MUMBAI - A Mumbai railway policeman who attempted to battle the 26/11 terrorists with a plastic chair at Chhatrapati Shivaji Terminus after his gun failed to fire, Thursday identified in court Mohammed Ajmal Amir alias Kasab as one of the two terrorists present in the railway station.
Another witness, a 25-year old woman, Nafisa Qureshi, wept in the special court as she narrated how her six-year-old daughter died in her lap after she became a victim of the firing by the terrorists at the CST.
Jullu Yadav, a head constable with the Railway Protection Force (RPF), was on duty that night and posted near the southern end of CST where the offices of the Central Railway general manager is located.
In his examination by the Special Public Prosecutor, Yadav told Special Judge M.L. Tahilyani that he suddenly heard gunshots and saw people running helter skelter in the waiting hall area for long distance trains.
Yadav saw another policeman and asked him to fire at the gunmen, but when he did not, he grabbed his rifle and tried to shoot. But it failed to fire as it got jammed.
He saw one gunman (later identified as Abu Ismail) loading his weapon while the other gunman, (Kasab) shot at them. “When he fired at us, I tried to stop him by hurling a plastic chair at him,” Yadav told the special court.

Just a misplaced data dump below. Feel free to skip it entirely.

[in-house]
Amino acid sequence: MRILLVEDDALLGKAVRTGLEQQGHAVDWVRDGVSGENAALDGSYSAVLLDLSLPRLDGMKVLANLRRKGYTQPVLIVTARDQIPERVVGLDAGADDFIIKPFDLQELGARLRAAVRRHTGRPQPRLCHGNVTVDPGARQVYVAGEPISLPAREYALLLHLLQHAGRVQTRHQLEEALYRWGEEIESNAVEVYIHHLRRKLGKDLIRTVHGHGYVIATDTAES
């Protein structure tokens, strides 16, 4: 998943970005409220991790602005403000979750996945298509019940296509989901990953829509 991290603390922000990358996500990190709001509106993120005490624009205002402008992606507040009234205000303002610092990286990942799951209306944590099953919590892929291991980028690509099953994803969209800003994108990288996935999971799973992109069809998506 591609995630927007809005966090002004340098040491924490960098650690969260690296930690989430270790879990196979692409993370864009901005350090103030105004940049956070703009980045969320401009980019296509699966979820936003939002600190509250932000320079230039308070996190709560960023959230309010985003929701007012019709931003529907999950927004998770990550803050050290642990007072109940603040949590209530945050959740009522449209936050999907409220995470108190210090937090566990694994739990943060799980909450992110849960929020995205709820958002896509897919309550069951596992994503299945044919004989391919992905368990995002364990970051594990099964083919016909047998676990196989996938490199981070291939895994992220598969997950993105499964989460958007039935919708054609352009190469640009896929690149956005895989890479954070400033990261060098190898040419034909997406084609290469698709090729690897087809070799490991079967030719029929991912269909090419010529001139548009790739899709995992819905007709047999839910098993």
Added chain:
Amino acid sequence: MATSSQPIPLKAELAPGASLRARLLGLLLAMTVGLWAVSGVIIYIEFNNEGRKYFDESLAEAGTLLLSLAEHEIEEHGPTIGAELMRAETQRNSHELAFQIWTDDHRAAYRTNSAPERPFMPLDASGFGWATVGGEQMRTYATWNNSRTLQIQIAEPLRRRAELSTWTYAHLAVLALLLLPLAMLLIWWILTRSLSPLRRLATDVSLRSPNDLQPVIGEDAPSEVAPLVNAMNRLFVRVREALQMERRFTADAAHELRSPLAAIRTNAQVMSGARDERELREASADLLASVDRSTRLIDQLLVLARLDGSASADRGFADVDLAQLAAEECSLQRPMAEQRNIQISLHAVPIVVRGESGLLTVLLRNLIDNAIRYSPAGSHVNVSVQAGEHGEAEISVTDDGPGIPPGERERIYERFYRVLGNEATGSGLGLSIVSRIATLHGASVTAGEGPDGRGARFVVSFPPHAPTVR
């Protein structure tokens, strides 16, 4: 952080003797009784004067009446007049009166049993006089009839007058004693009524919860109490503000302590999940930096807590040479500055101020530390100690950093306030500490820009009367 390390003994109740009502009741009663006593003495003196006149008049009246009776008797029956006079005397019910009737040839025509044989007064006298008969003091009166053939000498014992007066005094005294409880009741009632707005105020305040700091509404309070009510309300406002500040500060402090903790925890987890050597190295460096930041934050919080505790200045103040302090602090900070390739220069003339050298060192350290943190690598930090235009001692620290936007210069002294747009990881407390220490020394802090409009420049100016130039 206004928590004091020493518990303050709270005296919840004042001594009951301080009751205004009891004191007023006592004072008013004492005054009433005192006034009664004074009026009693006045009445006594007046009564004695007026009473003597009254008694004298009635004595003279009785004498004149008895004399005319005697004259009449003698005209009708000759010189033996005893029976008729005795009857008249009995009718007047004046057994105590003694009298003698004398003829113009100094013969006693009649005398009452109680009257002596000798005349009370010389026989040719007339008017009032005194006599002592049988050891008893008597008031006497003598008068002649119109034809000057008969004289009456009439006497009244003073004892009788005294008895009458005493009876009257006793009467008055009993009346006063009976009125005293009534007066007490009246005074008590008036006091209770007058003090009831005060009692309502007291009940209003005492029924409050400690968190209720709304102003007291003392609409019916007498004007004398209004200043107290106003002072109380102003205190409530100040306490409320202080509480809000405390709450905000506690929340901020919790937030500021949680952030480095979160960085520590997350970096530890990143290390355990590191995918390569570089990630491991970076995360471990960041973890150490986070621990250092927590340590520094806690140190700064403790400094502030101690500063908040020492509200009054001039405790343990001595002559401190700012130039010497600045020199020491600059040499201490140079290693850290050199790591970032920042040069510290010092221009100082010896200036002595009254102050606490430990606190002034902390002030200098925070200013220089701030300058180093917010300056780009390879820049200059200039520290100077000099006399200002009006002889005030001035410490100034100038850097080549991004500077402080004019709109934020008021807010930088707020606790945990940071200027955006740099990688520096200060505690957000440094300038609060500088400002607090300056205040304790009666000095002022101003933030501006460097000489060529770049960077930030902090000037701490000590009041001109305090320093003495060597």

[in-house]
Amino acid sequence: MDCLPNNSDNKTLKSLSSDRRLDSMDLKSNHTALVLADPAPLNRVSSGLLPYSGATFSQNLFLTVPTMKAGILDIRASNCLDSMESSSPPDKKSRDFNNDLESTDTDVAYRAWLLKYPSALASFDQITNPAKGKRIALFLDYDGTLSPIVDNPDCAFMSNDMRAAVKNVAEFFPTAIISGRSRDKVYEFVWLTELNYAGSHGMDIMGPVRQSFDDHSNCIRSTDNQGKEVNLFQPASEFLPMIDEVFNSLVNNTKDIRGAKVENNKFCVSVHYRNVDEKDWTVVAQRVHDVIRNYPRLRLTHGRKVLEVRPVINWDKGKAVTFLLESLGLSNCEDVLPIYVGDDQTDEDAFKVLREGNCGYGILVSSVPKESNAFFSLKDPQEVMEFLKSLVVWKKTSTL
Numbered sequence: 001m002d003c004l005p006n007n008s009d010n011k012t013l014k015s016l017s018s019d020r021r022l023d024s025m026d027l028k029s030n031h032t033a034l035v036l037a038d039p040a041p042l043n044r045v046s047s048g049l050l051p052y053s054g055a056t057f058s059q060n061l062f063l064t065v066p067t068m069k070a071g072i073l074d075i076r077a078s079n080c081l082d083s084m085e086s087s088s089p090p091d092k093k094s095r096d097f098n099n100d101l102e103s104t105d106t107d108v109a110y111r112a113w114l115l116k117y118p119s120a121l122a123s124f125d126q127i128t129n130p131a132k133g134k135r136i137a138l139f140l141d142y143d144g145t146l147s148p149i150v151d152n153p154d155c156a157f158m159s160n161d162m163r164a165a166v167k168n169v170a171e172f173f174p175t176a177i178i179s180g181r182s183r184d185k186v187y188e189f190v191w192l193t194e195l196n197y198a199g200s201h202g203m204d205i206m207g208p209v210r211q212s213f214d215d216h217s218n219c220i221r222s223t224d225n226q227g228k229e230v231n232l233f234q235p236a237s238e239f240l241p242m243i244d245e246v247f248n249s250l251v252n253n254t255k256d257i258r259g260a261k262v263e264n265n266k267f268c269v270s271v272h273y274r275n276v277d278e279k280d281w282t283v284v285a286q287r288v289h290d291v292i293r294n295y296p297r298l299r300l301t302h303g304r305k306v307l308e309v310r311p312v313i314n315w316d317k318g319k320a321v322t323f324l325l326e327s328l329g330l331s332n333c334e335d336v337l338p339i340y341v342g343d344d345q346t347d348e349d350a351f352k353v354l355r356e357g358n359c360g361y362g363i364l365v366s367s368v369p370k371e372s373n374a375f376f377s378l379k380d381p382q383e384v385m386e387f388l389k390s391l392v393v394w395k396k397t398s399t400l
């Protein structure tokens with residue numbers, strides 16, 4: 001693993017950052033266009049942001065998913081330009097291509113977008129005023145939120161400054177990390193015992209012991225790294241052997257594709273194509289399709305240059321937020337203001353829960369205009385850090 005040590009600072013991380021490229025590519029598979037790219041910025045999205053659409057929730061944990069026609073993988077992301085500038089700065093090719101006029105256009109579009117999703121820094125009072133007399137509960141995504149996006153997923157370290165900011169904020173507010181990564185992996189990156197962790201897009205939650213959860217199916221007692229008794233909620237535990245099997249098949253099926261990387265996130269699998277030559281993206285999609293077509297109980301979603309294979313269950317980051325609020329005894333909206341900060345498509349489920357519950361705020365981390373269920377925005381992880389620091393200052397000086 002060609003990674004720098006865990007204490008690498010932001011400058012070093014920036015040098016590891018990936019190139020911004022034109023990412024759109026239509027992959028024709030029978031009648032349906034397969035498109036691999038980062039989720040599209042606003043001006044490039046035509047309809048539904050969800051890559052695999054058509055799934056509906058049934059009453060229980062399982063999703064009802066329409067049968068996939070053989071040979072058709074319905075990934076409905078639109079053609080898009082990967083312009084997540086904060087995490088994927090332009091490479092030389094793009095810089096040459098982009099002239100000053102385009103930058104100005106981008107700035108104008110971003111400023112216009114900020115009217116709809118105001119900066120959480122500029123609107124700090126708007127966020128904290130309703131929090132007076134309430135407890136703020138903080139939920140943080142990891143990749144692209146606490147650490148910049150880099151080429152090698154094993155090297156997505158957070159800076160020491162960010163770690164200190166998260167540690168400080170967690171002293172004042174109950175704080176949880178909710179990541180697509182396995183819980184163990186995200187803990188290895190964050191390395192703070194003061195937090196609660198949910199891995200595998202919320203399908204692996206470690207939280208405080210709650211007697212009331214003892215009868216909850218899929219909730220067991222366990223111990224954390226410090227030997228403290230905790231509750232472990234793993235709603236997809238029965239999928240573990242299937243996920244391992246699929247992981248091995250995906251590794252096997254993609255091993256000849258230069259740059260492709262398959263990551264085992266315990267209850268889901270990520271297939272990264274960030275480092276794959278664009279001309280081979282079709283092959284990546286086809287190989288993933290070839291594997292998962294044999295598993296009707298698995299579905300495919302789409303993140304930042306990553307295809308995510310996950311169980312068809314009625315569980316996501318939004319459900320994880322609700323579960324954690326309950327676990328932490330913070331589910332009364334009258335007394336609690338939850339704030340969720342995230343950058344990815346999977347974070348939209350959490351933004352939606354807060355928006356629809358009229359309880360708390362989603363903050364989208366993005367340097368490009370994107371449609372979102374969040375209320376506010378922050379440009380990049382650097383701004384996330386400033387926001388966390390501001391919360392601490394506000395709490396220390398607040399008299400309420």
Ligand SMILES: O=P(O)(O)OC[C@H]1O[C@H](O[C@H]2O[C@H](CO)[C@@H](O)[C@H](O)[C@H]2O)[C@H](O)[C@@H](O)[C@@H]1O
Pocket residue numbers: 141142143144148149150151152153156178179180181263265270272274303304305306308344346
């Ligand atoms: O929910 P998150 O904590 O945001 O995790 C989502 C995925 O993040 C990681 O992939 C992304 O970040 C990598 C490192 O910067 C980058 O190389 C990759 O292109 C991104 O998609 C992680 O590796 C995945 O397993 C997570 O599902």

Nafisa Qureshi was unable to control her emotions as she recounted before Special Judge Tahilyni events of that night.
She said she was waiting with her daughter Afreen at CST to catch the Devgiri Express for Aurangabad when the two terrorists opened indiscriminate fire at the commuters and passengers.
Afreen sustained a bullet injury, while Nafisa lost her consciousness. “In great pain and bleeding profusely, she passed away in my lap,” Nafisa cried in the court.
Nafisa, a resident of Kurla, was admitted to the hospital in an unconscious state and recovered after four days and was informed of Afreen’s death.
In her cross-examination by the government-appointed defence lawyer S.G. Abbas Kazmi whether she had identified Kasab due to police pressures, Nafisa said: “Why should I tell a lie? If it was your daughter who had been killed, would you ask such questions?”